Term Insurance is a type of Insurance that doesn't have any cash value, and it's why it's the least expensive because none of the monthly cost is going into a "savings account" called cash value
I don't think I've ever written this much about life insurance, is anyone still awake?
Here's a few points that you should consider:
1-Make sure you have enough in an emergency fund that won’t cause you to have to dip into your retirement accounts if/when an emergency occurs. The amount depends on you and your occupation.
2-Roth IRAs are great, as long as there’s a good reason for them. A Financial Advisor can help you see if it would make sense from a tax standpoint. Or if it might shield you from too high a RMD amount when you’re over 70 ½. If you’re on a path where one day your income will be higher than $184,000, a Roth IRA makes sense. Because once you cross that income as married filing jointly by the way, you won’t be able to contribute further.
3-How much income will you need in retirement? If your 401(k) has enough in it to provide that, then why keep adding to it? You’ll end up having to take more funds out of it when you turn 70 ½ than you need, thereby paying taxes on it unnecessarily.
Well, I'm not sure, your best option is to ask your medical provider to make the case for you. Usually, Medicare will pay for dental procedures that are as a result of an illness or injury that affected the person's teeth, like cancer in the jaw. In your case, the illness hasn't affected your teeth per say, but they may cause more issues if not addressed, and I don't know if that will work.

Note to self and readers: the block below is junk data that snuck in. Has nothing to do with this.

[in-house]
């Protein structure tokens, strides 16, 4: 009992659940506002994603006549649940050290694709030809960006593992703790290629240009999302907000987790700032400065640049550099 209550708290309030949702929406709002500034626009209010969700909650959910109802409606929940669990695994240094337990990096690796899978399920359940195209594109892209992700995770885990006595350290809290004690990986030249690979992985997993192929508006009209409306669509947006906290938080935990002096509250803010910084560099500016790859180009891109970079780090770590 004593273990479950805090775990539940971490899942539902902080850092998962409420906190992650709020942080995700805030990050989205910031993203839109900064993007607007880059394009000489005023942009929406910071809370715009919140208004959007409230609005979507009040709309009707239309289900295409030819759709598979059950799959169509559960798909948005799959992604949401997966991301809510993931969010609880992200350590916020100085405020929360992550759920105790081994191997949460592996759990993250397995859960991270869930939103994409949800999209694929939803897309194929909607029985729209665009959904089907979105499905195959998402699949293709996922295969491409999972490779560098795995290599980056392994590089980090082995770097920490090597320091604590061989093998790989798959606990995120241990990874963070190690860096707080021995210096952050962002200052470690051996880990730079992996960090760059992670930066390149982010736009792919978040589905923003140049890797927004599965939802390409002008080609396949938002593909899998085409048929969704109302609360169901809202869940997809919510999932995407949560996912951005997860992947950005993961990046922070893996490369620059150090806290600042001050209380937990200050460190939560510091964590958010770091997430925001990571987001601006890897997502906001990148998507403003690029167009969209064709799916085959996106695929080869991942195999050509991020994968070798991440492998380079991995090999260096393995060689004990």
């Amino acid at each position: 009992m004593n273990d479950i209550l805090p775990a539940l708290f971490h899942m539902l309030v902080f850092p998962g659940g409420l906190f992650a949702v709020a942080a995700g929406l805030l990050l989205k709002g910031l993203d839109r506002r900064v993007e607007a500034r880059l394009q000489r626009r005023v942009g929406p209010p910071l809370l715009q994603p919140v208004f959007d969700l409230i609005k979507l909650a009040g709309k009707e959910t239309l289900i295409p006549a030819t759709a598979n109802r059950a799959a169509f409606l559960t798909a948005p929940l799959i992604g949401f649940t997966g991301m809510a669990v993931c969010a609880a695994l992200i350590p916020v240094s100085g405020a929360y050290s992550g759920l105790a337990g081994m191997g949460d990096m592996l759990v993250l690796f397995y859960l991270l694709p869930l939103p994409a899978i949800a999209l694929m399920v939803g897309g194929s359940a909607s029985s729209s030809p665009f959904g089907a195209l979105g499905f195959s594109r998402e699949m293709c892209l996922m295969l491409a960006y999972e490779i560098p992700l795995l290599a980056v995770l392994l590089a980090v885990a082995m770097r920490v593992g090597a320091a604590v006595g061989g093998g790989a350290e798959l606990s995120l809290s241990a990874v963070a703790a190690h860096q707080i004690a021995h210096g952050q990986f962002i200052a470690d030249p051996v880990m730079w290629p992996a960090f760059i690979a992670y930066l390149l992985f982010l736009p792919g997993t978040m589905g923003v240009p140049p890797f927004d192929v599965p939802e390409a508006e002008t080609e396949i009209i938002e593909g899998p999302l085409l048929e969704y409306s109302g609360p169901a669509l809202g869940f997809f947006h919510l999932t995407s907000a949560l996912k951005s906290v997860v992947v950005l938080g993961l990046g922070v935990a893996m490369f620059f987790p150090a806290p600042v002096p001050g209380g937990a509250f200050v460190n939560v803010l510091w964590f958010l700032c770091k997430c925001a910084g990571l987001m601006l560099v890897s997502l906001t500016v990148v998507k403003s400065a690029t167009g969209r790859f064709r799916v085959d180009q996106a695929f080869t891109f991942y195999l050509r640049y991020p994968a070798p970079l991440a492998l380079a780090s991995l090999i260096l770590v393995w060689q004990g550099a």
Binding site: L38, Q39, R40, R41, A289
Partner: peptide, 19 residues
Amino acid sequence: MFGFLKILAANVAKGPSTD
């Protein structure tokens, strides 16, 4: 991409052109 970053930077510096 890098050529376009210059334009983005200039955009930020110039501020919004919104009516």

Best of luck, hope it goes well.
All the best, Ash
It's great to hear that you want to work until 70. But I hope you're not just doing it for more Social Security, I'd like to think that you enjoy what you do as well.
Here are some variables that would matter in your decision making:
1-Marital Status: Is that $530 for single life or joint? Would your spouse continue receiving it after you're gone? That would be an important consideration since you might be comfortable managing the asset but your spouse may not, and so it might be easier to get the monthly check. If you are married, I would recommend looking into some Social Security planning strategies so you don't miss some benefits.